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The Telephone

by Jasti Victor  
12/07/2010 / Short Stories

After the evening prayers , a sudden ring of the telephone in the West side Chapel echoed loudly and made everyone's heart skip a beat, as they waited for Mother Superior to answer it. In normal times, when praying, the phone in the vestry was kept off the hook, but now because of the present extraordinary circumstances, it was not. It was a call from the hospital and Mother Superior, unusual for her turned her face towards the wall. Only when she took out her handkerchief from her pocket, more often, did the Sisters realized that there was some very bad news. Mother Superior did well to hide her tears which welled and nodded silently in agreement as she listened to the caller. There was an eerie silence as the Sisters waited with bated breath for her to finish her talk, so they could know the latest condition of their fifteen year old Hannah.

Hannah was an orphan, left on the steps at the orphanage as a day old baby. It was the image of her, sleeping soundly with a smile so innocent and angelic and with the deepest of dimples that made her the favorite amongst the Sisters in the convent.

After the telephone call, Mother Superior told the Sisters the shattering news, "Hannah's condition had further deteriorated, and the hospital authorities are waiting for my written consent for an emergency operation, to save her life."

"Keep an all night prayer vigil," continued Mother Superior, as she took her duffel bag containing a Bible, some money, a water bottle and a first aid kit. Followed by David the school's Jeep driver, she drove to the King Edwards Hospital, a fifteen minute ride. Mother Superior sitting on the back seat of the Jeep, prayed fervently with her head bowed for a miracle. Stepping inside the ICU she could not control her tears as she saw the bloodied and bandaged Hannah, heavily sedated, being taken into the operating room.

Fifteen-year-old Hannah, a strong, athletic, was brutally battered with a hockey stick by two assailants as she tried to save Agnes, the thirteen year old frail physically handicapped girl, the only child of David, the school's Jeep driver, from being molested.

Seeing a nun with tear filled eyes was something a doctor does not come across as both of them are in a profession in which human suffering is a part of their daily life. The lady doctor cautioned that the operation might go on for hours as the internal injuries were very severe, sending Mother Superior into a praying frenzy.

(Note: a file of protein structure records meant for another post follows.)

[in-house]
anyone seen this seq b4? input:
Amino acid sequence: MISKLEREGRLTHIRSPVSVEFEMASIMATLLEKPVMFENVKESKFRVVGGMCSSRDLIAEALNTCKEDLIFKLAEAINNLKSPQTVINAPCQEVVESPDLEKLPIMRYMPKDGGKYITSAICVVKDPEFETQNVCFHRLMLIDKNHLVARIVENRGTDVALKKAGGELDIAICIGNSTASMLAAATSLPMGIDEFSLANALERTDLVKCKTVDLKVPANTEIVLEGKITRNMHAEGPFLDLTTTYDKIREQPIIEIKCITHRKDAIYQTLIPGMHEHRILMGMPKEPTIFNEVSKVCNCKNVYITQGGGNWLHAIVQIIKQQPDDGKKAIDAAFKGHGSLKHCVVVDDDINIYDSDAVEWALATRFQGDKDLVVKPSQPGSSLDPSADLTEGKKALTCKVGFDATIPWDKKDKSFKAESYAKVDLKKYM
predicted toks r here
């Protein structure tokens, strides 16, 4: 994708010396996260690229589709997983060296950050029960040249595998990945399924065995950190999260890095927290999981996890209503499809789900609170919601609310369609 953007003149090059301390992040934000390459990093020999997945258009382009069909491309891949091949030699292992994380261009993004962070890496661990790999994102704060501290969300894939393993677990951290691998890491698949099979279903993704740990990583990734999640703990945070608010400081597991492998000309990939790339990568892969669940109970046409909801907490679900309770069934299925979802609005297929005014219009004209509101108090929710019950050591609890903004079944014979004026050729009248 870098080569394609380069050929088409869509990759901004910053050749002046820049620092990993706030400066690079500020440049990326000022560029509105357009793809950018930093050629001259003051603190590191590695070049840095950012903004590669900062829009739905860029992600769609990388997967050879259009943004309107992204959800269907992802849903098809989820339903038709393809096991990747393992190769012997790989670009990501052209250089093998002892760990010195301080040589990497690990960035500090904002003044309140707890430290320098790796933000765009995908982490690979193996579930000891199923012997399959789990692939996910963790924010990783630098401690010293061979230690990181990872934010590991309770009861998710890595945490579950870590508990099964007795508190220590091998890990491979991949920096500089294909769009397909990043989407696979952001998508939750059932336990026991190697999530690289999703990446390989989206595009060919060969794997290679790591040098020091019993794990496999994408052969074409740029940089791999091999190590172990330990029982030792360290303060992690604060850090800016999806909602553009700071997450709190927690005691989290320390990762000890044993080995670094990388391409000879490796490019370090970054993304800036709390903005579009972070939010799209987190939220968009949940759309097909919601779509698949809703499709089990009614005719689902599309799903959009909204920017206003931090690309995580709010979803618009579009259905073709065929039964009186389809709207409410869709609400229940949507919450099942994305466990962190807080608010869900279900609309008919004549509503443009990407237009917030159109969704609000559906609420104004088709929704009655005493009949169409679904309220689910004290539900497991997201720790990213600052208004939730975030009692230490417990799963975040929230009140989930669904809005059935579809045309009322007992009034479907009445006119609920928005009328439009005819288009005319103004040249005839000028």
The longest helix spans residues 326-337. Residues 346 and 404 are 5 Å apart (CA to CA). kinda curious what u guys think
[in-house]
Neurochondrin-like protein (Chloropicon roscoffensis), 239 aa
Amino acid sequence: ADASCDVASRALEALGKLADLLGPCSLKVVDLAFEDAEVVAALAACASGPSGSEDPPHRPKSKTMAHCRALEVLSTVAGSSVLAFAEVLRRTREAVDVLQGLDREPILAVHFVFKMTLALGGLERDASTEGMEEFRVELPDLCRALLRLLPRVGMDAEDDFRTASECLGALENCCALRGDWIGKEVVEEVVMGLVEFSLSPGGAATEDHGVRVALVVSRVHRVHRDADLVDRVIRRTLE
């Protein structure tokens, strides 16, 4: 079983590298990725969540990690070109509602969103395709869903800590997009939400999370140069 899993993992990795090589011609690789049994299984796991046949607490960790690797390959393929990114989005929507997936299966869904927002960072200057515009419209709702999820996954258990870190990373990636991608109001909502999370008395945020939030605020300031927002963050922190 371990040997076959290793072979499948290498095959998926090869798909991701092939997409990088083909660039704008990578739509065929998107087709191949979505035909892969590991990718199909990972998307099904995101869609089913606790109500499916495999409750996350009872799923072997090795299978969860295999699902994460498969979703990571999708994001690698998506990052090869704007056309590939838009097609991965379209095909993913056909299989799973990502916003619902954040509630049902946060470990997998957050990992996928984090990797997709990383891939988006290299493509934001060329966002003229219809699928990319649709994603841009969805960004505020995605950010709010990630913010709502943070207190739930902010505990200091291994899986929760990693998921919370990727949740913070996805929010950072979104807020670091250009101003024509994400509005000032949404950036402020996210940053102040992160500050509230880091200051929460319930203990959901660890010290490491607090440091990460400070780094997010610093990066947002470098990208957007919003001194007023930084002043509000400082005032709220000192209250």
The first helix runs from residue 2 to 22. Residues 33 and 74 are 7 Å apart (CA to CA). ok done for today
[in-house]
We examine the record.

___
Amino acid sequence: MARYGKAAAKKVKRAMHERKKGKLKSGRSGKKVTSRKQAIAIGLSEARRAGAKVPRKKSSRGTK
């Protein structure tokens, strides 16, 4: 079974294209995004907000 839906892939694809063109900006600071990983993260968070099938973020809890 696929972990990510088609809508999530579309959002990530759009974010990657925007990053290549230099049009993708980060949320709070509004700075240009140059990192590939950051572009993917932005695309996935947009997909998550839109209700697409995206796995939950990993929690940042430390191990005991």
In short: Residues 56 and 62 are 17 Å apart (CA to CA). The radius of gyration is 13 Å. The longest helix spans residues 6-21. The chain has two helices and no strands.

Mother Superior was jolted out of her thoughts as she heard the hurried footsteps of a nurse, who came out, rushing out of the operation room. The nurse was walking fast holding a tray filled with empty bottles and seeing her urgent footsteps feared the worst.
"She is sinking," said the nurse without slowing down. "We need more blood."

Mother Superior with no tears to shed cried her heart out, silently. Never in her life had she cried so much. Having seen poverty and sickness at close quarters and unexpected death among the children, she became immune to such happenings, but Hannah was different. Hannah was close to her and she loved her as one of her own.
Closing her eyes, she prayed, seeking an answer to the question "Why?"
"Why God? Why Hannah of all the people? Oh God, Hannah, was made an orphan for no fault of hers, assaulted for no fault of hers, and now is wavering between life and death, for no fault of hers. Why did this have to happen to her?"

Looking at her watch through blurred red bloodshot eyes, Mother Superior was stunned that it was nearing three in the morning. Had she dozed off? Looking around she found that the duty doctor was sitting alone in her room. Knocking, she hesitatingly stepped in.

"Hannah's operation was a success."

Mother Superior slowly walked out of the lady doctor's room and sat at her usual corner in the waiting room for day to break. The tears refused to flow, having drained out completely. Exhausted, and having lost the spark of life, she contemplated the mysterious plans of the Almighty. Though feeling lonely and forlorn, she never gave up hope and that gave her reason to pray.

"I can only pray and leave the rest to you, Lord. Praying to you is the only thing I can do, to look for an answer. I thank you, Jesus, for saving Hannah from the clutches of death."

And she went looking for a telephone to tell the good news.

Victor Jasti lives in India and is passionate about writing short stories based on the Bible and real incidents. He also writes Christian fiction and poetry. Five of his poems were published in Temporal Currents compiled by an American author, Ms. Christine Tricarico.

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